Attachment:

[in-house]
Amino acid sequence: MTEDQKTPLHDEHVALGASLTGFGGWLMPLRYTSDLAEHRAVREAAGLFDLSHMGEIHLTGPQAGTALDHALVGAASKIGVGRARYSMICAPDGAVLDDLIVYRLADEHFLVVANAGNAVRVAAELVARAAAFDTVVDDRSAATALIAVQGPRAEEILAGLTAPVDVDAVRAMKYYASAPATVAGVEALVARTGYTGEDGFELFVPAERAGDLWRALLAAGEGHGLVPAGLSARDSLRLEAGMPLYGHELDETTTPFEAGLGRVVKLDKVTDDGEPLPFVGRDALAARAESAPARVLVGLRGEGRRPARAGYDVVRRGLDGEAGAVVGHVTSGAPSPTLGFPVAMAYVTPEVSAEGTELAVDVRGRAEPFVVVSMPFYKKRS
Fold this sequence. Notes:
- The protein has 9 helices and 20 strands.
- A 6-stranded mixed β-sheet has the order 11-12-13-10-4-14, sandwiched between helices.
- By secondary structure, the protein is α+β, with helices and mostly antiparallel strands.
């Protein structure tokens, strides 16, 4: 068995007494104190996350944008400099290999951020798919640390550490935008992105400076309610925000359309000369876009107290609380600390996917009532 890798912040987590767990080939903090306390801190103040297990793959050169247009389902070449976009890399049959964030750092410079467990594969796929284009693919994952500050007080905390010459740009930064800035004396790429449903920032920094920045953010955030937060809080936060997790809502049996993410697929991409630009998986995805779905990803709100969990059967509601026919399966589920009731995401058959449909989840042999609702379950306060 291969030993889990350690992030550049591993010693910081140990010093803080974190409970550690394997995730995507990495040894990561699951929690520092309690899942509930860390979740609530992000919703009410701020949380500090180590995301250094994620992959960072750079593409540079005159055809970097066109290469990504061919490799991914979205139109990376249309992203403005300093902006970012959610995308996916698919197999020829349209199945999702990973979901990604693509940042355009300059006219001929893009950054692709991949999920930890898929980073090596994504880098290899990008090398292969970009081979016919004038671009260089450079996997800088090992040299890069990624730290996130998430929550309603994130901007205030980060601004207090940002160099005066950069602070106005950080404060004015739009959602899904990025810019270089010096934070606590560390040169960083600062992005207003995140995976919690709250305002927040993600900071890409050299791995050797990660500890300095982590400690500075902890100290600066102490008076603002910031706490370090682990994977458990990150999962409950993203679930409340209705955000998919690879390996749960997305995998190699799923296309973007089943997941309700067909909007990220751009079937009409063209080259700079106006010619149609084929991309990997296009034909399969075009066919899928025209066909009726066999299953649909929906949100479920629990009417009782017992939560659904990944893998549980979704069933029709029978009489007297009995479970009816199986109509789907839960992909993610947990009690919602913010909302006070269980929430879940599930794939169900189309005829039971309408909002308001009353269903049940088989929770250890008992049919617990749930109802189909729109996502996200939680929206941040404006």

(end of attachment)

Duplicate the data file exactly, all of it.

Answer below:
[in-house]
Amino acid sequence: MTEDQKTPLHDEHVALGASLTGFGGWLMPLRYTSDLAEHRAVREAAGLFDLSHMGEIHLTGPQAGTALDHALVGAASKIGVGRARYSMICAPDGAVLDDLIVYRLADEHFLVVANAGNAVRVAAELVARAAAFDTVVDDRSAATALIAVQGPRAEEILAGLTAPVDVDAVRAMKYYASAPATVAGVEALVARTGYTGEDGFELFVPAERAGDLWRALLAAGEGHGLVPAGLSARDSLRLEAGMPLYGHELDETTTPFEAGLGRVVKLDKVTDDGEPLPFVGRDALAARAESAPARVLVGLRGEGRRPARAGYDVVRRGLDGEAGAVVGHVTSGAPSPTLGFPVAMAYVTPEVSAEGTELAVDVRGRAEPFVVVSMPFYKKRS
Fold this sequence. Notes:
- The protein has 9 helices and 20 strands.
- A 6-stranded mixed β-sheet has the order 11-12-13-10-4-14, sandwiched between helices.
- By secondary structure, the protein is α+β, with helices and mostly antiparallel strands.
């Protein structure tokens, strides 16, 4: 068995007494104190996350944008400099290999951020798919640390550490935008992105400076309610925000359309000369876009107290609380600390996917009532 890798912040987590767990080939903090306390801190103040297990793959050169247009389902070449976009890399049959964030750092410079467990594969796929284009693919994952500050007080905390010459740009930064800035004396790429449903920032920094920045953010955030937060809080936060997790809502049996993410697929991409630009998986995805779905990803709100969990059967509601026919399966589920009731995401058959449909989840042999609702379950306060 291969030993889990350690992030550049591993010693910081140990010093803080974190409970550690394997995730995507990495040894990561699951929690520092309690899942509930860390979740609530992000919703009410701020949380500090180590995301250094994620992959960072750079593409540079005159055809970097066109290469990504061919490799991914979205139109990376249309992203403005300093902006970012959610995308996916698919197999020829349209199945999702990973979901990604693509940042355009300059006219001929893009950054692709991949999920930890898929980073090596994504880098290899990008090398292969970009081979016919004038671009260089450079996997800088090992040299890069990624730290996130998430929550309603994130901007205030980060601004207090940002160099005066950069602070106005950080404060004015739009959602899904990025810019270089010096934070606590560390040169960083600062992005207003995140995976919690709250305002927040993600900071890409050299791995050797990660500890300095982590400690500075902890100290600066102490008076603002910031706490370090682990994977458990990150999962409950993203679930409340209705955000998919690879390996749960997305995998190699799923296309973007089943997941309700067909909007990220751009079937009409063209080259700079106006010619149609084929991309990997296009034909399969075009066919899928025209066909009726066999299953649909929906949100479920629990009417009782017992939560659904990944893998549980979704069933029709029978009489007297009995479970009816199986109509789907839960992909993610947990009690919602913010909302006070269980929430879940599930794939169900189309005829039971309408909002308001009353269903049940088989929770250890008992049919617990749930109802189909729109996502996200939680929206941040404006």